Posted on: 28 April 2015
Veterans Affairs (VA) claims can be difficult to manage because of the often confusing requirements for each claim. Severity, medical record documentation and other factors can affect the success of a claim or even change your compensation potential. If you've been denied or simply feel overwhelmed by the process, consider a few ways that a personal injury attorney could help you push the claim to approval.
Bring All Evidence And Claims Together
Legitimate injuries may be denied if there isn't enough evidence to link the injury to military service. Since the VA compensation system only pays out to veterans with service-related conditions, you'll need to organize your proof in a way that shows your injury's severity and its relationship to military service.
The term 'service-connected' is used often to describe an injury or condition that was caused or gained during military service, or caused by past events in the military. This can mean broken legs or missing limbs due to events during your military service (not necessarily combat or job-related) or psychological changes such as witnessing wartime horror or sexual assault.
For every injury or condition claim, you need to ask if you have evidence on paper to support it. Is there paperwork showing you in a particular place and time? Does the documentation show that you were injured or could have been injured? Don't just throw your entire medical record in without highlighting the information; for the best success, make copies of the most relevant pages and highlight the important information.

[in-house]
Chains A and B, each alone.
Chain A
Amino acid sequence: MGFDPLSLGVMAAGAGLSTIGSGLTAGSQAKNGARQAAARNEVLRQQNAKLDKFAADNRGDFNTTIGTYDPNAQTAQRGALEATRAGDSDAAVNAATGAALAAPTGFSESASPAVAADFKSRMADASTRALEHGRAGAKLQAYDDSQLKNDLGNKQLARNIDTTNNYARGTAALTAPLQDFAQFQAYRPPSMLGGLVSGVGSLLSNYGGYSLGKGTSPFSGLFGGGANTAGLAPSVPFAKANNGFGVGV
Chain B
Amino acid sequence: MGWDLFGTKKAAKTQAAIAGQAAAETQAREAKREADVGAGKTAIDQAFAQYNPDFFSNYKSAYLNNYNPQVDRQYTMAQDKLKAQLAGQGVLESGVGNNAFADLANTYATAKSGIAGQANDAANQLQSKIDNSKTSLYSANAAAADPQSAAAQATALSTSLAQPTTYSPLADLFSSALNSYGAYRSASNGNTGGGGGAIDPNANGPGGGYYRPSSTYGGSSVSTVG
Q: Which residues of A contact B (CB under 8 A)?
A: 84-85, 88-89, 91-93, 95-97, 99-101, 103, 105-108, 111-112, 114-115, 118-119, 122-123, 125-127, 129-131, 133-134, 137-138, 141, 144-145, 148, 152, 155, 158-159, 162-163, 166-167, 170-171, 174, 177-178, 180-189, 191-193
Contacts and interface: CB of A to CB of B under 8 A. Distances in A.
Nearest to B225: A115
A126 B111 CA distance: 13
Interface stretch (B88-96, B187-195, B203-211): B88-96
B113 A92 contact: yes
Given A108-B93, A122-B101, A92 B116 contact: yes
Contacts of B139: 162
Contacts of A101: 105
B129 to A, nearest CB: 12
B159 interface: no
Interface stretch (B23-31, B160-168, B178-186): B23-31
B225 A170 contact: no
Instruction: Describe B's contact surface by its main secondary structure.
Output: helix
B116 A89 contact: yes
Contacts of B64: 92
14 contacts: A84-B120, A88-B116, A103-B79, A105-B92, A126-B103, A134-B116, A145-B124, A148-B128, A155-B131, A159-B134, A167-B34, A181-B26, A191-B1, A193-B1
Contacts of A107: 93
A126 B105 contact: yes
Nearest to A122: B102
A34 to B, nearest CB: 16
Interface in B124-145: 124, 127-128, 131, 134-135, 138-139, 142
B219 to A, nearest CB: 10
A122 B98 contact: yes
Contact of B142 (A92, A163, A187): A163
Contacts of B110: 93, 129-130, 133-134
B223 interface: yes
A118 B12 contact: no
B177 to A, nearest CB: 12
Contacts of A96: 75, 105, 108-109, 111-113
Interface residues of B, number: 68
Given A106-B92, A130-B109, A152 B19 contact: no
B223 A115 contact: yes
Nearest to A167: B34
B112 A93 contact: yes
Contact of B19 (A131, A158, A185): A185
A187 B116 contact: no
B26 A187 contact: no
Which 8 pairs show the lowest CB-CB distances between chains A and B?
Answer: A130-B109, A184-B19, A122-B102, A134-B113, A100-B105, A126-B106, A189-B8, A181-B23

If you don't have documentation of a specific injury event, your claim process may be a lot harder. Contact a personal injury attorney to get help with evidence gathering, as you may not be able to gather certain protected information without both knowing where to look and understanding the laws surrounding information gathering.
Get Assistance Through Other Services As You Wait
Many veterans focus on the cash benefits of VA compensation, but if you're truly injured or going through mental or physical hardship, there's other services that can help.
Both healthy and ailing veterans can apply for a basic set of VA healthcare benefits if they meet certain requirements. For the most part you'll need at to have received an honorable or non-dishonorable discharge to qualify, but different conditions may apply for military careers below 4 years.
The benefits entitle veterans to medical service at VA clinics and hospitals, as well as lower prescription medication costs. These benefits are available for walk-in visits as well as scheduled appointments, but the wait at many VA healthcare facilities can be quite long depending on where you live.
If you're being scheduled for a Compensation and Pension (C&P) exam, be sure to ask about different types of therapy, medication or referrals that could help you. Even if you haven't received a decision, a doctor can write a prescription for relevant medical care such as pain medication, allergy medication or even referrals to specialists.
You'll get medical assistance and maybe even extra evidence for your claim if you ask the right questions and make suggestions during the claims process. Contact a personal injury attorney to get help with finding those helpful questions and building a claim more likely to succeed.Share